Brunch Bucket List: Grove East Provisions
By Mabel Suen
Sugar High: Pastries of Denmark's Petit Fours
California Do-Nut Co. to Make Doughnuts Again
By Jessica Lussenhop
Huga Bars Are a Snack Alternative
By Sarah Fenske
Review: Miss Leon's
By Cheryl Baehr
Kingside Diner Opens Quietly
#77: Old Standard's Fried Chicken
Weber Grill to Open First St. Louis Restaurant...
Chef Chat: Chris DiMercurio of HandleBar
First Look: Medina Mediterranean Grill
Why's everyone hatin' on canned and frozen vegetables? Slate's Daniel Engber takes foodies to the woodshed. "I know it sounds weird," Engber writes. "A crisp salad of watercress and red onions must be more wholesome than, say, a pile of defrosted spinach and some canned beets, right? Not according to any practical measure of nutritive content."
London-born San Francisco food activist mistaken for the Messiah. No, really! Yes, The Colbert Report is involved, but this is for realz! The UK Guardian has the scoop.
All the rage in Asia: extreme dieting. So sayeth USA Today. "'The magic number is to be below 100 pounds, no matter your height or your weight,' says Philippa Yu, a clinical psychologist at the Hong Kong Eating Disorders Association."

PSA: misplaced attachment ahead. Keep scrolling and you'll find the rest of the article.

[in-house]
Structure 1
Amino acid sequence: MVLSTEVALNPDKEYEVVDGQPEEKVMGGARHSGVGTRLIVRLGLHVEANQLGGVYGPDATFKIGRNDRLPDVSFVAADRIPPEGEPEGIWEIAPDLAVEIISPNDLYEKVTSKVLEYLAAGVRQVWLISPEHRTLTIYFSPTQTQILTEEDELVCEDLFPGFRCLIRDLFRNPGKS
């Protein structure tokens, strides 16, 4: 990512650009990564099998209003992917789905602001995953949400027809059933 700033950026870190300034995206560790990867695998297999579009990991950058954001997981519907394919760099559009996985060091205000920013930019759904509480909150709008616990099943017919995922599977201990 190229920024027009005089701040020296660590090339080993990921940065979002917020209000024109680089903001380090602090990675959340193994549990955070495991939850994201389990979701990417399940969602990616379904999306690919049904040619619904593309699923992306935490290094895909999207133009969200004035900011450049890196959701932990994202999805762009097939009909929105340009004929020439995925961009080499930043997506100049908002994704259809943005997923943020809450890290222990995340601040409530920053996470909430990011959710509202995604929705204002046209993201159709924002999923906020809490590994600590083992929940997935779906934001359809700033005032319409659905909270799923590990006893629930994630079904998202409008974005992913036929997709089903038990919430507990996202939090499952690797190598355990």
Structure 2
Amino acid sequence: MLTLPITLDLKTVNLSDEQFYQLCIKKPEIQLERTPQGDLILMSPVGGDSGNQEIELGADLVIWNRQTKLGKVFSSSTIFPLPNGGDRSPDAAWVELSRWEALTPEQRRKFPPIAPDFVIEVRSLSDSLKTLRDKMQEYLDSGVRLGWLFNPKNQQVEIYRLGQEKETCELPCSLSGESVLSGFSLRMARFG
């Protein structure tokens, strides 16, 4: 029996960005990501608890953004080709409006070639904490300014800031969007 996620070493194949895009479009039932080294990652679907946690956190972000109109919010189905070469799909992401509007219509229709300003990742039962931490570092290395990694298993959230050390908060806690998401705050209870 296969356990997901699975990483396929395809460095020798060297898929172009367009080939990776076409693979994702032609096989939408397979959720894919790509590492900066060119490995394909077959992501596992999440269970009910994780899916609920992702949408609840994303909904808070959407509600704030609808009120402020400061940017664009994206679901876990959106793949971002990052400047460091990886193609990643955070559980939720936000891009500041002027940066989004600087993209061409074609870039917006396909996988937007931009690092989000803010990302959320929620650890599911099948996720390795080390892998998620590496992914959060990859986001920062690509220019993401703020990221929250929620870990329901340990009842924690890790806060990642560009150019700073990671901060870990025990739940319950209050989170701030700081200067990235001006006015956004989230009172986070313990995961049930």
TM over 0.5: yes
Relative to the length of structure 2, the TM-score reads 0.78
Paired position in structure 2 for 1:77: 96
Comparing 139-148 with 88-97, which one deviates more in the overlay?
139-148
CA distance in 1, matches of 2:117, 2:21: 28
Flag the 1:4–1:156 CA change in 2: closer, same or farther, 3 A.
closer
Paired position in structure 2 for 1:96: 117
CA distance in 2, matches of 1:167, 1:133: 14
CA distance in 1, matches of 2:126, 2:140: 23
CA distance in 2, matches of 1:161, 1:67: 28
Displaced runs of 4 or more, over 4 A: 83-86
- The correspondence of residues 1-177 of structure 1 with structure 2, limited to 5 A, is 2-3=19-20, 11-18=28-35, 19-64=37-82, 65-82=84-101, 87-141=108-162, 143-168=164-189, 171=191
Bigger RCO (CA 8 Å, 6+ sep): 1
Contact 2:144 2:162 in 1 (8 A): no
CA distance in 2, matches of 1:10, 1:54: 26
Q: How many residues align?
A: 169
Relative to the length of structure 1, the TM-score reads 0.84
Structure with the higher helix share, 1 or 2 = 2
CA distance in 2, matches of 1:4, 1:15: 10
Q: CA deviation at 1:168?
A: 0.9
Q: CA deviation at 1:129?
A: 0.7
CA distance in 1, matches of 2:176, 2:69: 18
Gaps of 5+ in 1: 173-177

Did you know that the "signature dish" of Springfield, Illinois, is the horseshoe sandwich, an open-face pile of meat topped with French fries and a thick cheese sauce? But wait, there's more! According to the Wall Street Journal, a Springfield restaurant has gone the horseshoe one better, subbing a tortilla for the bread and then deep-frying the sucker before smothering it in all that cheese. "We made something very unhealthy even unhealthier," Field House Pizza and Pub co-owner Tom Hart tells WSJ reporter Joe Barrett.